Cancer Cases in WTC Rescuers Higher Than Previously Reported

Roxanne Nelson

August 01, 2014

For rescuers who worked at Ground Zero in the aftermath of the 2001 World Trade Center (WTC) terrorist attack, the number of cancer cases might be higher than previously thought.

Currently, 1646 certified cases have been documented by the WTC Health Program Data Center at the Icahn School of Medicine at Mount Sinai in New York City. However, the Fire Department City of New York (FDNY) has released its own set of numbers for both fire fighters and emergency medical services (EMS) personnel.

"The current number of FDNY members with cancer is 863," said FDNY press officer Frank Dwyer. "That includes both fire and EMS." In this group, there are 180 certified cases of nonmelanoma skin cancer, 734 certified cases of all other cancers, and 51 certified cases of both. "These are our most up-to-date numbers," he told Medscape Medical News.

Together, that brings the total number of certified cancer cases to 2509.

Some media outlets have reported that this represents a "doubling" of cancer cases during the past year, but that appears to be more of an exaggeration than fact, according to Roberto Lucchini, MD, director of the WTC Health Program Data Center. However, it is impossible to say that the number of cases have even increased since 2013 because the data have not been completely updated.

"In terms of a doubling of cases, we can't really speak to that," said Dr. Lucchini. "I'm not sure how that number came out, but we are probably not comparing the same things. They included data from the firefighters, and we do not have those data."

Mount Sinai is part of the national consortium of Clinical Centers of Excellence of the federal WTC Program, which has medically screened more than 37,000 WTC rescue and recovery workers and volunteers since 2002. The 1646 certified cases of cancer that have been confirmed since 2002 do not include cases in current and retired members of the FDNY because those data are maintained in a separate FDNY database.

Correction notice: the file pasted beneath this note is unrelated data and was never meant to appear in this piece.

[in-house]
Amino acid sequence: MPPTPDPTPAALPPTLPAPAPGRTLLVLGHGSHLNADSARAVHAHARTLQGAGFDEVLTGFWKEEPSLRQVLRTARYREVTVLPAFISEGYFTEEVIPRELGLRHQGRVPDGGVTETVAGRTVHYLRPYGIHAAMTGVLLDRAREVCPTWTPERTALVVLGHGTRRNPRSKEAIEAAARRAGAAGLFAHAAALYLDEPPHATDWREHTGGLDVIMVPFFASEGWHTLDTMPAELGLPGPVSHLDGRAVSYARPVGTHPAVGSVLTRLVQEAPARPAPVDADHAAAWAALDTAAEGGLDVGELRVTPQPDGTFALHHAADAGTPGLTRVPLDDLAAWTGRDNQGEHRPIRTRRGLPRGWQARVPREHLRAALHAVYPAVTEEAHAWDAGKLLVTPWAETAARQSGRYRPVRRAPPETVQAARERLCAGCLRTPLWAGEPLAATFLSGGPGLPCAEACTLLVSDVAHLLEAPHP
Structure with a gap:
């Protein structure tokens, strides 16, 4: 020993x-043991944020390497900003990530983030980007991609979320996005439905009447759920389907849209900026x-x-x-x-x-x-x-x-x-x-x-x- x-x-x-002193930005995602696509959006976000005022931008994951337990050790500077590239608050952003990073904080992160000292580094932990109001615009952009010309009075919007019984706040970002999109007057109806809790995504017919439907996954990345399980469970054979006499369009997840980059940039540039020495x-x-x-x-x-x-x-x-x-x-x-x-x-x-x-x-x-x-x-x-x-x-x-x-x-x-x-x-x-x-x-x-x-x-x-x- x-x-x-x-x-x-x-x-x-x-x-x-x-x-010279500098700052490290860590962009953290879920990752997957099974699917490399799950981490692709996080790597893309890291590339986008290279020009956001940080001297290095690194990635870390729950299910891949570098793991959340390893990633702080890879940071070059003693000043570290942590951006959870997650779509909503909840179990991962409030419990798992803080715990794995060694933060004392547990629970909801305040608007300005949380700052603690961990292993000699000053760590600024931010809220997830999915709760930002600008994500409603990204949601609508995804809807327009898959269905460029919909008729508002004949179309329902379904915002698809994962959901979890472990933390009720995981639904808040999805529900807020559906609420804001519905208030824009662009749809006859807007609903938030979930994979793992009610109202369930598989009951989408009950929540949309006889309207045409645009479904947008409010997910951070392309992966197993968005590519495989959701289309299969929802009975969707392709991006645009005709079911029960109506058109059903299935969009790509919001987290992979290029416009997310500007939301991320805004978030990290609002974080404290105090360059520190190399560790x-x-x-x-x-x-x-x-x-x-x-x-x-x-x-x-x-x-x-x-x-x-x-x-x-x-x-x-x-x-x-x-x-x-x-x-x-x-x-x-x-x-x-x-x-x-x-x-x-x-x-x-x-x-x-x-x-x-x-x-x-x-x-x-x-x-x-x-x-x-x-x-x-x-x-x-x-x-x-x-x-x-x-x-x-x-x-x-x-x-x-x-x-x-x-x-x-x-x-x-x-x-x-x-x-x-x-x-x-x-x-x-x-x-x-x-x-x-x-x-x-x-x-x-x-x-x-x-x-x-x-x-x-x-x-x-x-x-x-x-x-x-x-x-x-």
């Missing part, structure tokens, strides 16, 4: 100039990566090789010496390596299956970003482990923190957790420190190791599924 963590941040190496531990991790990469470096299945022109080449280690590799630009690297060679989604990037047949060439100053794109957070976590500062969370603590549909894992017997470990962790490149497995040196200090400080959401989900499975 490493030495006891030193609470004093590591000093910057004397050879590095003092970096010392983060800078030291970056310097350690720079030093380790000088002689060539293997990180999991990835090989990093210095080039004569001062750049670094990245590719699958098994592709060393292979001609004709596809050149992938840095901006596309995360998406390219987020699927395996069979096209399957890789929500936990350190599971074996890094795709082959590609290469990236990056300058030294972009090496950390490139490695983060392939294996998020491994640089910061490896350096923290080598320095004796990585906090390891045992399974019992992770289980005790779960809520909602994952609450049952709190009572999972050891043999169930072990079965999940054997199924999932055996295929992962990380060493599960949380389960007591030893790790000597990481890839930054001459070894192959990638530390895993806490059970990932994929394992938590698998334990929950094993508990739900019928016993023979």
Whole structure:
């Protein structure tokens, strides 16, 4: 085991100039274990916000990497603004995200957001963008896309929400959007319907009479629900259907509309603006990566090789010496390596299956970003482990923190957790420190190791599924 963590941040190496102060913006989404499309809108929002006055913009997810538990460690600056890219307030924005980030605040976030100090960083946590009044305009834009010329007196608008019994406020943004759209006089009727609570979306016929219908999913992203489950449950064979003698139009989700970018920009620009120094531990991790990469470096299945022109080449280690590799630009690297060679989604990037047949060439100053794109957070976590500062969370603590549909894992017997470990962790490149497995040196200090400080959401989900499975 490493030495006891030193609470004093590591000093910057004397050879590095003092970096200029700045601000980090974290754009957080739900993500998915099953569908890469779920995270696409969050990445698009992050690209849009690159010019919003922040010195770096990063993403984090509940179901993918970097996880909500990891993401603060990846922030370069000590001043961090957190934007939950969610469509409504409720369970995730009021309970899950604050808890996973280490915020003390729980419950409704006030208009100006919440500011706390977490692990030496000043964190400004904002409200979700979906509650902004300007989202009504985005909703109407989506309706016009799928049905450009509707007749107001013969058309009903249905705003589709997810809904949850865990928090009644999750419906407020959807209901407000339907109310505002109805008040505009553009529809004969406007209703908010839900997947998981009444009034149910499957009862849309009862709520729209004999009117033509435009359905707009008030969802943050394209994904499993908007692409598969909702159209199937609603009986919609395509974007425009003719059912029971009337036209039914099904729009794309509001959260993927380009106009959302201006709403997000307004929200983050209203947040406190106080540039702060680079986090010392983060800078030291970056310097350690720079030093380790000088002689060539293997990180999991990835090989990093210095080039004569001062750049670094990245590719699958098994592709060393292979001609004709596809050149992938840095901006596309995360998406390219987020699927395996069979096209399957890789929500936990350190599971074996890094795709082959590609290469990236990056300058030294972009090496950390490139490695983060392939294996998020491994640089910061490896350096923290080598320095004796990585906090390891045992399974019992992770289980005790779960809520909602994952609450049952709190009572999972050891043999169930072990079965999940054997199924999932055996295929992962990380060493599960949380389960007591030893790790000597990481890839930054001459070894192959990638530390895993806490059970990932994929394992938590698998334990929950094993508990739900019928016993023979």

An Actual Increase?

The current flurry of media about these cancer cases stemmed from an article published in the New York Post, which stated that the "grim toll has skyrocketed from the 1140 cancer cases reported last year." In the article, the updated statistics from the FDNY were combined with the Mount Sinai statistics, making the incidence of cancer appear higher than previously reported. However, the FDNY numbers are cumulative, not just cases diagnosed in 2013. Thus, it is unclear whether the actual number of cases has even increased during the past year, let alone doubled.

The Mount Sinai data do not go beyond 2010, Dr. Lucchini told Medscape Medical News.

"Our data show that there has been about a 20% increase in cancer incidence in the rescue workers, compared with the general population." In particular, there has been an increase in thyroid cancer, prostate cancer, myeloma, and leukemia.

Aging is associated with an increased risk for cancer, so as time goes on, the rescue workers have the dual risk of aging and exposure, Dr. Lucchini explained. "I'm very concerned that in the next 4 years we are going to see an increase in cases."

Dr. Lucchini and colleagues are in the process of compiling data for 2012. He acknowledged that it is a lengthy process because the data are self-reported and need to be matched and certified with various registries.

An important part of the work at Mount Sinai is prevention, not just identifying and treating cancer cases. "We have a preventive program and we can screen those at risk," he said. Preventive surgery for precancerous lesions or early-stage cancer can save lives, he added.

Because the program is voluntary, exposed individuals do not have to participate. In addition, "it is difficult to keep track of responders because many have moved and are no longer living in the New York City area," he said.

Cancer Risk Previously Reported

On the tenth anniversary of 911, the Lancet published a special issue devoted to the health risks associated with exposure to environmental toxins in first responders, and reported that exposed firefighters had a 10% increased risk of developing cancer compared with a similar demographic mix of men in the United States, and a 19% increased risk compared with unexposed New York firefighters. Known carcinogens in the WTC dust, including polycyclic aromatic hydrocarbons, polychlorinated biphenyls, and dioxins, likely contributed to the higher cancer rate.

In a study published in JAMA (2012;308:2479-2488), Steven D. Stellman, PhD, MPH, from the Mailman School of Public Health at Columbia University in New York City, and colleagues found small increases in rescue and recovery workers in rates of prostate cancer, thyroid cancer, and multiple myeloma beginning 6 years after the event. However, there were no increases in cancer overall. "Because of the long latency periods for many cancers, this is still a very early study," Dr. Stellman told Medscape Medical News at that time.


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